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Mp1p Is a Virulence Factor in Talaromyces (Penicillium) marneffei

  • Patrick C. Y. Woo ,

    Contributed equally to this work with: Patrick C. Y. Woo, Susanna K. P. Lau, Candy C. Y. Lau, Edward T. K. Tung, Ken T. K. Chong, Fengjuan Yang

    Affiliations Department of Microbiology, The University of Hong Kong, Hong Kong, State Key Laboratory of Emerging Infectious Diseases, The University of Hong Kong, Hong Kong, Research Centre of Infection and Immunology, The University of Hong Kong, Hong Kong, Carol Yu Centre for Infection, The University of Hong Kong, Hong Kong

  • Susanna K. P. Lau ,

    Contributed equally to this work with: Patrick C. Y. Woo, Susanna K. P. Lau, Candy C. Y. Lau, Edward T. K. Tung, Ken T. K. Chong, Fengjuan Yang

    Affiliations Department of Microbiology, The University of Hong Kong, Hong Kong, State Key Laboratory of Emerging Infectious Diseases, The University of Hong Kong, Hong Kong, Research Centre of Infection and Immunology, The University of Hong Kong, Hong Kong, Carol Yu Centre for Infection, The University of Hong Kong, Hong Kong

  • Candy C. Y. Lau ,

    Contributed equally to this work with: Patrick C. Y. Woo, Susanna K. P. Lau, Candy C. Y. Lau, Edward T. K. Tung, Ken T. K. Chong, Fengjuan Yang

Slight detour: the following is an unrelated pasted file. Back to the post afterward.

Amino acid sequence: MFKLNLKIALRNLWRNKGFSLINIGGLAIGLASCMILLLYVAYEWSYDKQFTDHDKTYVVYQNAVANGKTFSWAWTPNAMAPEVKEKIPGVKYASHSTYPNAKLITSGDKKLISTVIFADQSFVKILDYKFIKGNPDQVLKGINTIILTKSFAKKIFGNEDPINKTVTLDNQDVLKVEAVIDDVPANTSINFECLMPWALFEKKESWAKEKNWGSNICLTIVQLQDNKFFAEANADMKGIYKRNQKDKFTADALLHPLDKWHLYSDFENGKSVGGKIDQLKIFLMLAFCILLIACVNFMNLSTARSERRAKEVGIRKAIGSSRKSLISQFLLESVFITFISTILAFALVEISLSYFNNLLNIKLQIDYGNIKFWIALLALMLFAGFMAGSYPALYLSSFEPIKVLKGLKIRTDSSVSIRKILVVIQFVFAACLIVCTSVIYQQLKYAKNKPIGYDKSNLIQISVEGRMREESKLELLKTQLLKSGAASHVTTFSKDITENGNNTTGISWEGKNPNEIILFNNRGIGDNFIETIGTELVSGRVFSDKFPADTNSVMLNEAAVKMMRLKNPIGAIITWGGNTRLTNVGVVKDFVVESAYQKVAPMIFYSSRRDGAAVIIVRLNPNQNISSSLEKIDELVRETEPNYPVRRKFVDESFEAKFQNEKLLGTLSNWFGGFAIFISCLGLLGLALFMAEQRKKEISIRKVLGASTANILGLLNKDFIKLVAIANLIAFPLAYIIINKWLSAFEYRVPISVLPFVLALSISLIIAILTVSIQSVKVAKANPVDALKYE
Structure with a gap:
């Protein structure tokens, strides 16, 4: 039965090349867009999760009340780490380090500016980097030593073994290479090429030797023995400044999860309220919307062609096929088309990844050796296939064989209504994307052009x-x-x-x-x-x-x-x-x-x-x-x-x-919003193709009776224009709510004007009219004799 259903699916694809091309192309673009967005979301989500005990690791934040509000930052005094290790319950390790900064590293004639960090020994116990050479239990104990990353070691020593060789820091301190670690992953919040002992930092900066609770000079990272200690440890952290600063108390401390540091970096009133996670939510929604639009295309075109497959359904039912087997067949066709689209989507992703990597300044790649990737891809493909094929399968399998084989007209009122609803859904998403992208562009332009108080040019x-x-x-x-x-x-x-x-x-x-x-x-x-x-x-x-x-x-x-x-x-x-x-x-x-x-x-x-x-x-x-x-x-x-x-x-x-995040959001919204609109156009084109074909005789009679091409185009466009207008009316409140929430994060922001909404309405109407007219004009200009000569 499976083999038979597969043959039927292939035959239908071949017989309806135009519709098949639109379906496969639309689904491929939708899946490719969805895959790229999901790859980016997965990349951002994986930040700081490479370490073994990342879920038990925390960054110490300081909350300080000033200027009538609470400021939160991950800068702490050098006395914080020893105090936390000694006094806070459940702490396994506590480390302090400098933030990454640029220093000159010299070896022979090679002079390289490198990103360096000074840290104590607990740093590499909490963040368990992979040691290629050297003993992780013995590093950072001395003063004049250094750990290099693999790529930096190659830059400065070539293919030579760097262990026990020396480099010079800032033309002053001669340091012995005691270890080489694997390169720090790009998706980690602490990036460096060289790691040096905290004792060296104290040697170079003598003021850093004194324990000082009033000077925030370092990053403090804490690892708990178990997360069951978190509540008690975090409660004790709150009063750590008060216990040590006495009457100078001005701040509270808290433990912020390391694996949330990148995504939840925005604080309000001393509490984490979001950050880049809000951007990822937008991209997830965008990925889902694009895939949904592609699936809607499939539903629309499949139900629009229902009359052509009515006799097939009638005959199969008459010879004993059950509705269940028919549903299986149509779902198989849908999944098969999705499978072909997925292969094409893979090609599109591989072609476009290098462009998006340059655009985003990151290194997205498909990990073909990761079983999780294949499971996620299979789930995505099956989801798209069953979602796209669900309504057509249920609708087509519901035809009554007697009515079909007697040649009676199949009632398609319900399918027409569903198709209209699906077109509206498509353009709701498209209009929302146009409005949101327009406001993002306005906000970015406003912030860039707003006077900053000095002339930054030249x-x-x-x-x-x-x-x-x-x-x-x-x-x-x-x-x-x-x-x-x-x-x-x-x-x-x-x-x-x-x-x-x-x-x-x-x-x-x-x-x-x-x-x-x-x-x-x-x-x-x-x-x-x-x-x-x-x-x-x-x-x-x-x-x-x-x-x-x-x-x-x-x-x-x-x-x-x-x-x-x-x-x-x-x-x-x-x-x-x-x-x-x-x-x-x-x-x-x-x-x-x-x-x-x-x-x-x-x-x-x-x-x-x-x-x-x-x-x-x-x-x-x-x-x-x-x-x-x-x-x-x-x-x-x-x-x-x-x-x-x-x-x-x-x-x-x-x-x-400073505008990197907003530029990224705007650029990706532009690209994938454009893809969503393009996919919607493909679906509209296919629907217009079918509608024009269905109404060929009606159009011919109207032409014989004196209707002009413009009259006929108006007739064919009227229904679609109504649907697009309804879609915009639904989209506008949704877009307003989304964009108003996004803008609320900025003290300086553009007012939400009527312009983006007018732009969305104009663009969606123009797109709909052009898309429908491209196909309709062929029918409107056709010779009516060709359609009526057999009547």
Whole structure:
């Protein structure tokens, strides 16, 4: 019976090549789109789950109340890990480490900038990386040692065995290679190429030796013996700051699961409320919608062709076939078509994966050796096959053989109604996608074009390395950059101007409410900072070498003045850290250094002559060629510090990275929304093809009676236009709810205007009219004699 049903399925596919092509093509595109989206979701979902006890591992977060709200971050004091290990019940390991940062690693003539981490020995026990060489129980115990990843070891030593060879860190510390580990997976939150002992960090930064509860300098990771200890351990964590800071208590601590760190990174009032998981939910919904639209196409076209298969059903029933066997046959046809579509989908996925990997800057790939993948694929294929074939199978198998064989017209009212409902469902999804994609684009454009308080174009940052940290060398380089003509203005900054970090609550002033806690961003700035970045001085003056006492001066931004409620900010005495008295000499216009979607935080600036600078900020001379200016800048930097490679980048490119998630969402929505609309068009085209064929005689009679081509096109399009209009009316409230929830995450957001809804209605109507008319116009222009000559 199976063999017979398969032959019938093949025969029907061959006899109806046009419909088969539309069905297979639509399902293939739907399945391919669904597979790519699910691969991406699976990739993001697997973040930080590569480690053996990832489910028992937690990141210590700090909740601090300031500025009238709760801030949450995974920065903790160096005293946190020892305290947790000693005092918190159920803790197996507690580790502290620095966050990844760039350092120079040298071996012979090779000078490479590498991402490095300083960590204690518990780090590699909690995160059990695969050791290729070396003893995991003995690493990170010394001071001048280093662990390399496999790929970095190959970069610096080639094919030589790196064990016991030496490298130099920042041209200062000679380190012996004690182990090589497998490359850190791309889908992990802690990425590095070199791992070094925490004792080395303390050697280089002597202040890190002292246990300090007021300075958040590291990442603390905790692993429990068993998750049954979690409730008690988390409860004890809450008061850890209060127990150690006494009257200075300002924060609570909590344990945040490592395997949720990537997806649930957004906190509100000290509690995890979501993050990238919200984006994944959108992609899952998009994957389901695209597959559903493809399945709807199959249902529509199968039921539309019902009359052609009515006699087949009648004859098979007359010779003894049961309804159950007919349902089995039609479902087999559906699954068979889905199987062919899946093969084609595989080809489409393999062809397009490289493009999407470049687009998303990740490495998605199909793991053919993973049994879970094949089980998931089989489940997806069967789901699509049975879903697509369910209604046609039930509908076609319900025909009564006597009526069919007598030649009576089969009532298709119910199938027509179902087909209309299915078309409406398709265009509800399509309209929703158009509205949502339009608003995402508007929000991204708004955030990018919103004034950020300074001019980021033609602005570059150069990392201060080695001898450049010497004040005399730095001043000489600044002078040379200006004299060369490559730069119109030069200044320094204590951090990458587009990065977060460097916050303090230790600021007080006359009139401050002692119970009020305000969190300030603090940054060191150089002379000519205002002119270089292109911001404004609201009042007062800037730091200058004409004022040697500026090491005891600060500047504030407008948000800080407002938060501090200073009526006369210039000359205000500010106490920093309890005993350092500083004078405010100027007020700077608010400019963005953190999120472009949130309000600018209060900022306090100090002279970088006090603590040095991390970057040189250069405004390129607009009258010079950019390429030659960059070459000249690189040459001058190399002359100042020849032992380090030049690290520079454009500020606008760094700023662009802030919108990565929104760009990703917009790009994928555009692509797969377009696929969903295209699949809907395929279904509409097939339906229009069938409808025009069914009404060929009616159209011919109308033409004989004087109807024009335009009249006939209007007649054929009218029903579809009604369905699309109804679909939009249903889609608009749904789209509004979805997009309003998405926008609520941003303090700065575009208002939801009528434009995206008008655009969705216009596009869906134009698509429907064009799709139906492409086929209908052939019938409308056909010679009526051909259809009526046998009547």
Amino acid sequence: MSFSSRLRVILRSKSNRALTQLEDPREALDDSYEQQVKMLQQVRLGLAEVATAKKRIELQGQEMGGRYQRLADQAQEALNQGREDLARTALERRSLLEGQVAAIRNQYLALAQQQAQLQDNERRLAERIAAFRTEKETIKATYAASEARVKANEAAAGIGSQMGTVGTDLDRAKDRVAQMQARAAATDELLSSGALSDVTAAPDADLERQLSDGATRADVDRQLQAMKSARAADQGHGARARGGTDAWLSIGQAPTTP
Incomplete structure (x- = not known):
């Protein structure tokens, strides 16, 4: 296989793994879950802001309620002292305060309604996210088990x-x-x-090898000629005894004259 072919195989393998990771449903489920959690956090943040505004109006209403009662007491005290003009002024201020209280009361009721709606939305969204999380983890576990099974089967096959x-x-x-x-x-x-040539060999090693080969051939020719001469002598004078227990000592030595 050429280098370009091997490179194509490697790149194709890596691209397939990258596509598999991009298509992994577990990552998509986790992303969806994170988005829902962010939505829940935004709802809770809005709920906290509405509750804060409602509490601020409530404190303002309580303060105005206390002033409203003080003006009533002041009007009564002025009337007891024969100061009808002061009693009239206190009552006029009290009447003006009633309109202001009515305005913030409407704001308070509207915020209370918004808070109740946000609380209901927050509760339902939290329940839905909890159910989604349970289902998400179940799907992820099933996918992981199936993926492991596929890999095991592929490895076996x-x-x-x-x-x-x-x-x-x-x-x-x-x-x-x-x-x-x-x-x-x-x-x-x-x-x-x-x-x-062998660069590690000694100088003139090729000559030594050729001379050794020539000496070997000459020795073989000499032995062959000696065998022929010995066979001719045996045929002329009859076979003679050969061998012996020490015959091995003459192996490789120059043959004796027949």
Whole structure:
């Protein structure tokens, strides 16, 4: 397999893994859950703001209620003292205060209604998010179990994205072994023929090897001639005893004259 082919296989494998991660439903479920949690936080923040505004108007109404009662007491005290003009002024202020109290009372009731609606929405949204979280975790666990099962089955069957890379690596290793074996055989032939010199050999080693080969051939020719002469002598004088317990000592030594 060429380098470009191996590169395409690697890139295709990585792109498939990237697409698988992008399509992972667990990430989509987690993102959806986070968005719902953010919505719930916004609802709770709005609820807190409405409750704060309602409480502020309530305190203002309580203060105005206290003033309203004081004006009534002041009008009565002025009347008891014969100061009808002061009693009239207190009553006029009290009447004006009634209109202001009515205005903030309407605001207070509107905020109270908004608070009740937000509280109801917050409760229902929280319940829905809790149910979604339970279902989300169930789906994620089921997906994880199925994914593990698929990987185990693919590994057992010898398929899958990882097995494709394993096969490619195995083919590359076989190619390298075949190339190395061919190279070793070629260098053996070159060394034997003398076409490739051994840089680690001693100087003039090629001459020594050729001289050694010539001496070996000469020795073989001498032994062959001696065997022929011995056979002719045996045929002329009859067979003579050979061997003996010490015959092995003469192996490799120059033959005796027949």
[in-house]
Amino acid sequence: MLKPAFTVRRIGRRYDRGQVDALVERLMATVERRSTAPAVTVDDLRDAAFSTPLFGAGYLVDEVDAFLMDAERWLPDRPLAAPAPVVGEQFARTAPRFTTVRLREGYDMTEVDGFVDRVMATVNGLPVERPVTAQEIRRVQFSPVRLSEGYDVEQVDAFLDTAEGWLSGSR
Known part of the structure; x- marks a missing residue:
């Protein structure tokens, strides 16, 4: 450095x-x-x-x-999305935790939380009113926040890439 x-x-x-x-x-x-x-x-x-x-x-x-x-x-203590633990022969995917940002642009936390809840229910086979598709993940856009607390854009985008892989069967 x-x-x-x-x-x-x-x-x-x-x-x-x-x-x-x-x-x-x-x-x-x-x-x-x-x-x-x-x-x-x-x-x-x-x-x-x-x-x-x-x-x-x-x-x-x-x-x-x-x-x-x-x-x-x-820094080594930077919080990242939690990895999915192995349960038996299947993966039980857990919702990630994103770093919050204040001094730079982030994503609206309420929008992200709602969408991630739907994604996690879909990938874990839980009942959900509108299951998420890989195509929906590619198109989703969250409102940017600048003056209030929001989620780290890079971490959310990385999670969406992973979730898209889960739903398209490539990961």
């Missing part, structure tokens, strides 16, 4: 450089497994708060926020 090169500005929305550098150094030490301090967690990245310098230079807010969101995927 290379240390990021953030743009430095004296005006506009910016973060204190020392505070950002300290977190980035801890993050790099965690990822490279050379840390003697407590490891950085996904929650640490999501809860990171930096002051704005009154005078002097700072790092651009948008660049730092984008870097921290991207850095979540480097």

Affiliation Department of Microbiology, The University of Hong Kong, Hong Kong

  • Edward T. K. Tung ,

    Contributed equally to this work with: Patrick C. Y. Woo, Susanna K. P. Lau, Candy C. Y. Lau, Edward T. K. Tung, Ken T. K. Chong, Fengjuan Yang

    Affiliation Department of Microbiology, The University of Hong Kong, Hong Kong

  • Ken T. K. Chong ,

    Contributed equally to this work with: Patrick C. Y. Woo, Susanna K. P. Lau, Candy C. Y. Lau, Edward T. K. Tung, Ken T. K. Chong, Fengjuan Yang

    Affiliation Department of Microbiology, The University of Hong Kong, Hong Kong

  • Fengjuan Yang ,

    Contributed equally to this work with: Patrick C. Y. Woo, Susanna K. P. Lau, Candy C. Y. Lau, Edward T. K. Tung, Ken T. K. Chong, Fengjuan Yang

    Affiliation Department of Microbiology, The University of Hong Kong, Hong Kong

  • Hongmin Zhang,